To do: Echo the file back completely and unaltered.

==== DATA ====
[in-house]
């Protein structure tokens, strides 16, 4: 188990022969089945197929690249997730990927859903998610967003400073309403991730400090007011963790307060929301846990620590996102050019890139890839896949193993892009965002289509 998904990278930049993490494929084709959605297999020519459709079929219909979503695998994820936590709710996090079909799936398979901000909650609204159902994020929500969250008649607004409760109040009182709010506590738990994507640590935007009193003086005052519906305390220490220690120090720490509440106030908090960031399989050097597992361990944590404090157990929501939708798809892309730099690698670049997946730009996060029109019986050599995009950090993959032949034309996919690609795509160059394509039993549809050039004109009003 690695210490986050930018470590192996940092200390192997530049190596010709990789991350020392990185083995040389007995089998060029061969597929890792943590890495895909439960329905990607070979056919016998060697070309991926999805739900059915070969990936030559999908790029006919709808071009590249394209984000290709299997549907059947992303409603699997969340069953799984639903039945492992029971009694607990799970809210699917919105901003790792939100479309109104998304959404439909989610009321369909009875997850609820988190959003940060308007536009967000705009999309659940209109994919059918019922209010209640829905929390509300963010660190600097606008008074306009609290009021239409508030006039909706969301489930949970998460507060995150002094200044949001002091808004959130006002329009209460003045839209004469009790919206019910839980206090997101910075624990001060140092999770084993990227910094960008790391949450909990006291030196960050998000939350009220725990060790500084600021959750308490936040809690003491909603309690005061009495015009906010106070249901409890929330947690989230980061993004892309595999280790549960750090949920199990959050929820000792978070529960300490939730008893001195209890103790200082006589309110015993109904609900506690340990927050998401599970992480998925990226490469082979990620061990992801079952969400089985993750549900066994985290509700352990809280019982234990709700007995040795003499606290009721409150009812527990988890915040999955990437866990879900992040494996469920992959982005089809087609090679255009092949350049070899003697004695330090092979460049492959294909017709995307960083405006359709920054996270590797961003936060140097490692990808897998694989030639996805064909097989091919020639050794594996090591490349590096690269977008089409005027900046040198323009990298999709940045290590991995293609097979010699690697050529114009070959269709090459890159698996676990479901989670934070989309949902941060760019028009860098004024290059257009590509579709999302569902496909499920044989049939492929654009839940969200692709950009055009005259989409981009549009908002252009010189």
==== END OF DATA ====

[in-house]
């Protein structure tokens, strides 16, 4: 188990022969089945197929690249997730990927859903998610967003400073309403991730400090007011963790307060929301846990620590996102050019890139890839896949193993892009965002289509 998904990278930049993490494929084709959605297999020519459709079929219909979503695998994820936590709710996090079909799936398979901000909650609204159902994020929500969250008649607004409760109040009182709010506590738990994507640590935007009193003086005052519906305390220490220690120090720490509440106030908090960031399989050097597992361990944590404090157990929501939708798809892309730099690698670049997946730009996060029109019986050599995009950090993959032949034309996919690609795509160059394509039993549809050039004109009003 690695210490986050930018470590192996940092200390192997530049190596010709990789991350020392990185083995040389007995089998060029061969597929890792943590890495895909439960329905990607070979056919016998060697070309991926999805739900059915070969990936030559999908790029006919709808071009590249394209984000290709299997549907059947992303409603699997969340069953799984639903039945492992029971009694607990799970809210699917919105901003790792939100479309109104998304959404439909989610009321369909009875997850609820988190959003940060308007536009967000705009999309659940209109994919059918019922209010209640829905929390509300963010660190600097606008008074306009609290009021239409508030006039909706969301489930949970998460507060995150002094200044949001002091808004959130006002329009209460003045839209004469009790919206019910839980206090997101910075624990001060140092999770084993990227910094960008790391949450909990006291030196960050998000939350009220725990060790500084600021959750308490936040809690003491909603309690005061009495015009906010106070249901409890929330947690989230980061993004892309595999280790549960750090949920199990959050929820000792978070529960300490939730008893001195209890103790200082006589309110015993109904609900506690340990927050998401599970992480998925990226490469082979990620061990992801079952969400089985993750549900066994985290509700352990809280019982234990709700007995040795003499606290009721409150009812527990988890915040999955990437866990879900992040494996469920992959982005089809087609090679255009092949350049070899003697004695330090092979460049492959294909017709995307960083405006359709920054996270590797961003936060140097490692990808897998694989030639996805064909097989091919020639050794594996090591490349590096690269977008089409005027900046040198323009990298999709940045290590991995293609097979010699690697050529114009070959269709090459890159698996676990479901989670934070989309949902941060760019028009860098004024290059257009590509579709999302569902496909499920044989049939492929654009839940969200692709950009055009005259989409981009549009908002252009010189």